If your goal as an entry or mid-level Machinist is to maximize your earnings potential, do your research to determine the best state. The good news is that Machine Operators are in high demand right now. Therefore, this specific occupation is expected to grow, meaning you may not experience too much difficulty finding a job. 

What does the Career Path for a Machine Operator Look Like? 

We’ve covered the salary range for a standard Machine Operators up to this point. A career as a Machine Operator can evolve and ultimately improve your chances of landing a higher-paying job. These jobs include a Flex Machine Operator and a Machine Supervisor. 

As a Flex Machine Operator, you can expect to work with light or heavy machinery to make goods or repairs in various fields. Day-to-day responsibilities include handling production efficiencies, quality, safety, troubleshooting, repairing machine problems, and training new operators. A Machine Supervisor role is more managerial and primarily involves supervising and coordinating the work of employees who set up and operate machines. Machine Supervisors typically prepare work schedules, assign work, and oversee the work production process to ensure machine function and output match specifications. In these roles, the average annual salary looks like this:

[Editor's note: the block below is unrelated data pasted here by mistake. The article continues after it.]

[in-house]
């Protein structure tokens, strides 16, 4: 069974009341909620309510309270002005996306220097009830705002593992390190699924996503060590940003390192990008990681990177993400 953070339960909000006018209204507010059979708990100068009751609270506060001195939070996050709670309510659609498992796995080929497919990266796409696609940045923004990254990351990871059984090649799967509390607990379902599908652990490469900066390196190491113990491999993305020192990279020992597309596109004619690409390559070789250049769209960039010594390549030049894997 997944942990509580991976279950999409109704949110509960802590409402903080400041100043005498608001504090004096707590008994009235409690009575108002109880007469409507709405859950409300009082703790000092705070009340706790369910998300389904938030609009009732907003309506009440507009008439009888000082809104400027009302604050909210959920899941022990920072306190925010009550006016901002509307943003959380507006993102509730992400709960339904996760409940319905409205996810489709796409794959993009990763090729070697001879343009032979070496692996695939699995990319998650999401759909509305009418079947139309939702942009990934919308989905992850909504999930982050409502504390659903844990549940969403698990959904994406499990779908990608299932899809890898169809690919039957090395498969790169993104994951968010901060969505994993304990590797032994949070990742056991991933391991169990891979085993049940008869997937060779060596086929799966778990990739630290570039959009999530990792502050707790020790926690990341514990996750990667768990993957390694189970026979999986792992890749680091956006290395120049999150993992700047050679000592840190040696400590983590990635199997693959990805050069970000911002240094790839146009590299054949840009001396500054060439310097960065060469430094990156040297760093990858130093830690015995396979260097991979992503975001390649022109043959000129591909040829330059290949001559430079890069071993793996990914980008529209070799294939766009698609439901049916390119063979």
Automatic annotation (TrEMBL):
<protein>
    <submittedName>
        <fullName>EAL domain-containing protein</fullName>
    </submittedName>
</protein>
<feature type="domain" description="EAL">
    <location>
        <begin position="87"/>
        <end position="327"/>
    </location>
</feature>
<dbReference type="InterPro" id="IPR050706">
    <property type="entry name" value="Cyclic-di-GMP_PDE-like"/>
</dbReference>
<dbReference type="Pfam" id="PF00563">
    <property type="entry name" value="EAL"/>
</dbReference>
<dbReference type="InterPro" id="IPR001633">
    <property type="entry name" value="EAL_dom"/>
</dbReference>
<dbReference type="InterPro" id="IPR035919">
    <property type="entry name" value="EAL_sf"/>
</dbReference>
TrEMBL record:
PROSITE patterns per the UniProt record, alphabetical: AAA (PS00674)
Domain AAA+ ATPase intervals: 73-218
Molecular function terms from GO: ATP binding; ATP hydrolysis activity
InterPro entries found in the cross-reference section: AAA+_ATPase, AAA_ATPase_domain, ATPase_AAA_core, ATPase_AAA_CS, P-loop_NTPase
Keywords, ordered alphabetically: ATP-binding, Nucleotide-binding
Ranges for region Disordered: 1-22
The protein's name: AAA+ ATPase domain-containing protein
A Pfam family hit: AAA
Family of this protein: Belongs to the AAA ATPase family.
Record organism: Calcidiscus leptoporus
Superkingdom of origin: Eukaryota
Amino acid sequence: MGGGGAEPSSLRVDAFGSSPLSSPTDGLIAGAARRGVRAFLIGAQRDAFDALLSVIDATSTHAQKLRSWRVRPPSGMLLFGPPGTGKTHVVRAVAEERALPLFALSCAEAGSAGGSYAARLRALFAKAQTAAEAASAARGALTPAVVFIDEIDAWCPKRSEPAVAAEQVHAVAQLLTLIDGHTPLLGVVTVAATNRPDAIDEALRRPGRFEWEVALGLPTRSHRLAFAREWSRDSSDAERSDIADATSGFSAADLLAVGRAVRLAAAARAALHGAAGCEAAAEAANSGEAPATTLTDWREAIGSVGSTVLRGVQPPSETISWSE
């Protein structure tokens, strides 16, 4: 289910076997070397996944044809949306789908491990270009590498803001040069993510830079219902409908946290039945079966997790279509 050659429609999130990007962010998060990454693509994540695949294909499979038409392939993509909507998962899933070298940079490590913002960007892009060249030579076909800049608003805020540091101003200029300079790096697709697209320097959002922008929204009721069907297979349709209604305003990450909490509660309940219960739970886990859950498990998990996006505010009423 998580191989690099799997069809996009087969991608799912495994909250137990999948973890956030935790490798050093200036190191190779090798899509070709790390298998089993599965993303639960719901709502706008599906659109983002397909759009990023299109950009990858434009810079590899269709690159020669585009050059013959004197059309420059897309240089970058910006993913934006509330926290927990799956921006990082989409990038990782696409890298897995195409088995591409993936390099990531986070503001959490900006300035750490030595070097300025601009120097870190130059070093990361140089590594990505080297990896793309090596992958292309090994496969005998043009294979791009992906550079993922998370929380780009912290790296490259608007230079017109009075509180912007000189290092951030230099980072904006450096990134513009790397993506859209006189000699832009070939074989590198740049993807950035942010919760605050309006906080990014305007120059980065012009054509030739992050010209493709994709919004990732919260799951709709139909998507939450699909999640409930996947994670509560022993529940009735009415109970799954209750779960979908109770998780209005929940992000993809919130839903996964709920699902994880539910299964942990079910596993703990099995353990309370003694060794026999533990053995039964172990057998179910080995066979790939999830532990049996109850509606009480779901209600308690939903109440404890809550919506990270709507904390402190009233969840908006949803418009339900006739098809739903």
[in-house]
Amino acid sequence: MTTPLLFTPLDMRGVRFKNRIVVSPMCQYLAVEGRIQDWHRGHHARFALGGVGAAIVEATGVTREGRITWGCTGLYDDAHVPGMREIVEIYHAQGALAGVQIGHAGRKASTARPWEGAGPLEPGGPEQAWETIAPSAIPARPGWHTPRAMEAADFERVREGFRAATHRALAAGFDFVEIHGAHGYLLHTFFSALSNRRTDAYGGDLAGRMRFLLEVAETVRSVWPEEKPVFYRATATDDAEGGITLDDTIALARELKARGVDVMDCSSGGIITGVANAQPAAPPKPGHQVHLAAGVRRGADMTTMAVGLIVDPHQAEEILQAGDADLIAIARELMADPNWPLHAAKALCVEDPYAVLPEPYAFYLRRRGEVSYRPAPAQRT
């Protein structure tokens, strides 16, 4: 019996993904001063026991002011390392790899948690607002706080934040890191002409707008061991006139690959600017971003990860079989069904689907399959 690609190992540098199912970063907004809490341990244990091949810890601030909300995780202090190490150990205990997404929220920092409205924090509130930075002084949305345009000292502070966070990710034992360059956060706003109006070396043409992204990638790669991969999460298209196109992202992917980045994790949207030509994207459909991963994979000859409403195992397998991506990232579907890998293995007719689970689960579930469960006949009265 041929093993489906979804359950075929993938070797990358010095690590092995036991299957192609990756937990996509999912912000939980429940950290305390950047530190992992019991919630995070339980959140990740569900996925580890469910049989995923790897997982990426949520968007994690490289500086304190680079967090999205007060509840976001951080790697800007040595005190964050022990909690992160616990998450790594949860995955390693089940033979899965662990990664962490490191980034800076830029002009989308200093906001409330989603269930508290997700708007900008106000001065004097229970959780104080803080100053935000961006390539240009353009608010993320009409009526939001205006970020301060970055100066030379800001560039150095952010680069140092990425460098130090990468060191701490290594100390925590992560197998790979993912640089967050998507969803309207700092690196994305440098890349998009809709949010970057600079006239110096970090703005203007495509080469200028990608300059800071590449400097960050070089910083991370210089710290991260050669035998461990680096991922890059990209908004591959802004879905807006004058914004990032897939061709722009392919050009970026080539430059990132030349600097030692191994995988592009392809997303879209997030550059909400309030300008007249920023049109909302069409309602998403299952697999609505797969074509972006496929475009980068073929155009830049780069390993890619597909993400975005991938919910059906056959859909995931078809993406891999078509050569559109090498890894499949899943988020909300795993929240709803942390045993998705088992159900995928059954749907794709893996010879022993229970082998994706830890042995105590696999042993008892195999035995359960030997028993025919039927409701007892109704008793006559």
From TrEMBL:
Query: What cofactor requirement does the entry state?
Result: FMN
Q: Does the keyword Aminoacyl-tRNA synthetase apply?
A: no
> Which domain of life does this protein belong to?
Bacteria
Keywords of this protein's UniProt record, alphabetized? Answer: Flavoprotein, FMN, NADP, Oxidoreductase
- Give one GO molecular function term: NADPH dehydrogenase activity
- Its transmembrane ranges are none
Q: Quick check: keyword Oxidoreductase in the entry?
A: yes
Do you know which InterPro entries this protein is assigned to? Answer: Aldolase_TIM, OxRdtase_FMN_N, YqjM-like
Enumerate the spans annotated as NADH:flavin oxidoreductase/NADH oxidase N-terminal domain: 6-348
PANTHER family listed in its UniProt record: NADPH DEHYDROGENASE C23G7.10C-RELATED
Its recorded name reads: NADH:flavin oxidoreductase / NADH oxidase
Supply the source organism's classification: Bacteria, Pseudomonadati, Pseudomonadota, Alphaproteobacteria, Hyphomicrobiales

Just because you commit to a career as a Machine Operator doesn’t mean you can’t pursue higher-paying jobs down the road. You can apply your experience as a Machine Operator to land a job in an adjacent manufacturing position. Example positions include Machinist, Tool & Die Maker, and Millwright, all standard career options that pay well. Both Machinists and Tool & Die Makers set up and work with various computer-controlled and mechanically-controlled equipment to produce precision metal parts, instruments, and tools. Millwrights install, maintain, repair, dismantle, and reassemble machinery in industrial and construction settings. Average salaries for these positions amount to:

We hope this salary and job data helps you find the correct Machine Operator position or determine if a career as a Machine Operator is right for you. Since a Machine Operator utilizes transferable and adaptable skills, you can go where the market is in demand of your unique capabilities, especially in a growing manufacturing industry. This can allow a Machine Operator to align their personal and professional goals and gain experience in various sectors. Additionally, for those that want to grow into a higher paying position such as a Machine Supervisor, indicates that three years of experience is often the requirement for being considered for such a position. The sooner you get going, the faster you earn the relevant expertise that can accelerate your career. 

If you’re exploring your options and seeing what other opportunities there are in manufacturing, check out our Career Paths hub. This resource can help you understand which manufacturing job fits your skills and interests. After that, head over to our job board to find your next exciting job opportunity in the area you would like to work in. 

If you’ve already applied and received an offer, make sure you’re being compensated based on skills and experience with the average Machine Operator pay information above.